Oregon State senior forward Joe Burton will graduate from the school in June after a four-year career and over 1,000 points scored.
But although many college players with such a pedigree look to play professional basketball after their careers end — as Burton will also do — Burton’s mother said that he could also go the route of motivational speaker.
“He would like to play professionally whether it be here in the United States or overseas,” his mother, Dondi Silvas, said by phone this week. While finishing school, he is playing for the Salem Sabres in the International Basketball League, a professional men’s spring basketball league, she said.
She said he also wants to give back to the native community by becoming a motivational speaker at some point. Raised on the Soboba Reservation, Burton and his family moved to Hemet so he could play basketball for West Valley High School.
Burton’s situation is unique for a prominent college basketball player as he was raised on the Soboba Reservation and not many Division I players have spent time growing up on a reservation.
Also featured in George Dohrmann’s Play Their Hearts Out: A Coach, His Star Recruit, and the Youth Basketball Machine, Burton’s career from high school through college has been well-documented and playing for Craig Robinson –the brother of First Lady Michelle Obama –should also give Burton some unique experiences that he can share in his motivational speaking.
Burton began his community service to the Native American community during college, so this would be a natural extension of his previous work, which included the encouragement of Native Americans to participate in sports through Nike’s N7 program. Oregon State’s graduation ceremonies take place on June 15th, where Burton plans on graduating with a degree in ethic studies.
CHAPEL HILL, N.C. — He’s back.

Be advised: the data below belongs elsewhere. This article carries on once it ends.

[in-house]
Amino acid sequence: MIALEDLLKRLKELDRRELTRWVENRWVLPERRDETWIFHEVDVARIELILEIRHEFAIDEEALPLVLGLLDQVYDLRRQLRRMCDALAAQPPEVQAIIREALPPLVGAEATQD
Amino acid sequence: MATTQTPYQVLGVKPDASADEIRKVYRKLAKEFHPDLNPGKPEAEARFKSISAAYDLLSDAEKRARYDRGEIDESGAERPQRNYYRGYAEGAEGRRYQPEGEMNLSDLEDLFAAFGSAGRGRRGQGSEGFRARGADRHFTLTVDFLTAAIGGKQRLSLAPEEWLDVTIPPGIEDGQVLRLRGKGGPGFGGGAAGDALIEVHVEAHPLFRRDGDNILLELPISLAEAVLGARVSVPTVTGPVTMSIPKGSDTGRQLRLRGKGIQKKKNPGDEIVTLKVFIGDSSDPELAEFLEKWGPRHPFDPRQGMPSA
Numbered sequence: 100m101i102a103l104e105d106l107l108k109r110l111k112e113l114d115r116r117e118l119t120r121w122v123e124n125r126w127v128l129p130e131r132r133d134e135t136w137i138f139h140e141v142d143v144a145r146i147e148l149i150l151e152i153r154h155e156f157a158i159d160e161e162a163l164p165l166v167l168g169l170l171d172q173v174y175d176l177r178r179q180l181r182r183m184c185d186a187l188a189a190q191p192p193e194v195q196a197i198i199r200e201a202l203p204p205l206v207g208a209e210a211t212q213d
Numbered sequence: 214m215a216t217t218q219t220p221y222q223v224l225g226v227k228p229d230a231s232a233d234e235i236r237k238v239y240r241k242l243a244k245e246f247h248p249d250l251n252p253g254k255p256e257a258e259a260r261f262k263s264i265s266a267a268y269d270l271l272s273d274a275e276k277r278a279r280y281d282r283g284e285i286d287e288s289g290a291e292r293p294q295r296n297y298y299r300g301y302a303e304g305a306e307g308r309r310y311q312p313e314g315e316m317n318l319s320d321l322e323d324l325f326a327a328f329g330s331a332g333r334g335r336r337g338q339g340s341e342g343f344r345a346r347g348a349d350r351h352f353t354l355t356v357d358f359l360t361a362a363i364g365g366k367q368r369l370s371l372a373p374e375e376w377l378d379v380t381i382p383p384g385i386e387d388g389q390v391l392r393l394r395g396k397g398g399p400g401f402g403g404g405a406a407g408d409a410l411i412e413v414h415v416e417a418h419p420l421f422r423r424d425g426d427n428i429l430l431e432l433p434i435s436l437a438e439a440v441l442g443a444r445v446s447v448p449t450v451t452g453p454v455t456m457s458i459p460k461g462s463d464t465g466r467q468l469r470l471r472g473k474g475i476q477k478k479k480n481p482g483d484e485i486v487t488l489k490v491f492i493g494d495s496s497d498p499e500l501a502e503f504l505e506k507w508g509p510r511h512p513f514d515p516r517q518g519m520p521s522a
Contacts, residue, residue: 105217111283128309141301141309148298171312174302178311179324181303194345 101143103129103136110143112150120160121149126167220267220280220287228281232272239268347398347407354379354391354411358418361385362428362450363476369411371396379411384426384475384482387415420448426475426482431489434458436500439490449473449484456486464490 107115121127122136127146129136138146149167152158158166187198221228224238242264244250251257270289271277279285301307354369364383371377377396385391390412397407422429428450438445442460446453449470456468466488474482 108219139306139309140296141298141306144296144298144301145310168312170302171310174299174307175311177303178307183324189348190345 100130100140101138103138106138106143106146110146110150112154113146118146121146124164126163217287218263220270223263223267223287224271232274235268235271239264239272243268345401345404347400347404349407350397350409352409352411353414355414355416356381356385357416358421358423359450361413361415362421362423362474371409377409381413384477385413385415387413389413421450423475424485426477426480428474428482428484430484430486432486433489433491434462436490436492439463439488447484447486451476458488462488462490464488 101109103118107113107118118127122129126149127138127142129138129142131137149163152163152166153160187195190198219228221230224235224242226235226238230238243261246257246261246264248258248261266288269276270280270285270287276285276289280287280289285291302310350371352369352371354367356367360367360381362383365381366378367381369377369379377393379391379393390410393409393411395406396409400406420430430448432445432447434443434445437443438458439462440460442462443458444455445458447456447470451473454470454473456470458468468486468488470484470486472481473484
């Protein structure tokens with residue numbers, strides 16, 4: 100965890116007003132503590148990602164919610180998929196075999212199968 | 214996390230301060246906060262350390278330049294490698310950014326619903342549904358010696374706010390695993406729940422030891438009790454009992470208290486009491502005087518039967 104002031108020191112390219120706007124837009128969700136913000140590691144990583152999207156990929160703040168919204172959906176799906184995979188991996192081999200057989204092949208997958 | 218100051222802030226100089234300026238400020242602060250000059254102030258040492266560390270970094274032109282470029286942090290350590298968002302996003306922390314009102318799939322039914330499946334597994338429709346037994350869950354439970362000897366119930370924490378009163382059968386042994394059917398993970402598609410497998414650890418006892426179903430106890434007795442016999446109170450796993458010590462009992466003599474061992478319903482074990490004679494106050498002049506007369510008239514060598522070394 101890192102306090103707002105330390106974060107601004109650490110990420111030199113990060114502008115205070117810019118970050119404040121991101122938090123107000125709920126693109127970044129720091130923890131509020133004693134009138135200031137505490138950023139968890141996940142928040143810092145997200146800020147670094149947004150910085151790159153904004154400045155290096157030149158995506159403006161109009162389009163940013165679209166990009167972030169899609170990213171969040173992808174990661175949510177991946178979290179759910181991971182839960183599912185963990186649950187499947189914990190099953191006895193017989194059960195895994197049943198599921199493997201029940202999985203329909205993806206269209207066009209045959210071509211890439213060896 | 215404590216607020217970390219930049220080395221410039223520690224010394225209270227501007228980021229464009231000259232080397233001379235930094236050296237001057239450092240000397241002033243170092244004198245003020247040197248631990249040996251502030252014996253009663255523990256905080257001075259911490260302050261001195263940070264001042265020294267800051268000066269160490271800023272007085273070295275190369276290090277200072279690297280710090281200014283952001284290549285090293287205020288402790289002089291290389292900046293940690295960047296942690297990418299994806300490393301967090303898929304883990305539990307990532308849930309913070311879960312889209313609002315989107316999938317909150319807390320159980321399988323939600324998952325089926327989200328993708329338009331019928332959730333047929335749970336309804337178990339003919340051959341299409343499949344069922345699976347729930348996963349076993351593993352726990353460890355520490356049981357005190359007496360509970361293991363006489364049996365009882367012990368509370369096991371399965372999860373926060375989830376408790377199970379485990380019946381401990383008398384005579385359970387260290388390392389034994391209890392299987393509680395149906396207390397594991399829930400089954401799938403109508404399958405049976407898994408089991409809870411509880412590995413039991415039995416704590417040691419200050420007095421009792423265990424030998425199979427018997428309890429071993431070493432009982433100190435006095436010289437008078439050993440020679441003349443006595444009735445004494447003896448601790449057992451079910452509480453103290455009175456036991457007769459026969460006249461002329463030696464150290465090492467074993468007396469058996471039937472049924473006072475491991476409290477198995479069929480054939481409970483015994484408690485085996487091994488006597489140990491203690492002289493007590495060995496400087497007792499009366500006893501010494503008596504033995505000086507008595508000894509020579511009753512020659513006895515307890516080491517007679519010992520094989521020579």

For the first time this season — and for the first time in more than a year that he hasn’t been hampered with some kind of foot or ankle injury — Marcus Paige donned a North Carolina jersey, and it didn’t take him long to find the form that made him the NBCSports.com Preseason National Player of the Year.
On the first Tar Heel possession, Paige came off of a ball-screen, drove the lane and found Kennedy Meeks at the rim for a layup. Not 30 seconds later, he came off of a down screen and buried a three. Paige would finish with 20 points and five assists as No. 9 North Carolina put together a fairly resounding win over No. 2 Maryland in the Dean Dome on Tuesday night, winning 89-81.
Paige finished 7-for-12 from the floor and 4-for-5 from beyond the arc, hitting a number of threes in the second half that helped hold off a Maryland push sparked by their own all-american point guard, Melo Trimble.
Trimble was erratic early on, committing three turnovers in the first six minutes and eight on the night, but it was his play at the end of the first half and early second half that kept North Carolina from blowing their doors. At one point, Maryland was down 32-19 and in danger of getting run out of Tobacco Road.
In total, Trimble finished with 23 points and 12 assists, hitting four big threes during that stretch. He either scored or assisted on 11 of Maryland’s first 12 second half field goals.
As good as Paige was, the bigger story may actually be Joel Berry II. He took two dumb threes in the first half — which played a role in Maryland being able to make this a game — and he missed a few free throws late, but overall he was terrific. He finished with 14 points and five assists, making 3-of-5 threes and turning the ball over just twice. He’s clearly beat Nate Britt out at the point guard spot, and his ability to take pressure off of Paige as a secondary ball-handler and playmaker is huge.
(More to come from Chapel Hill…)
North Carolina is hosting No. 2 Maryland in a heated contest in the ACC/Big Ten Challenge. Terps sophomore guard Melo Trimble is playing very well and part of his performance was dropping North Carolina’s Nate Britt with a crossover in the second half.
(H/T: The Cauldron)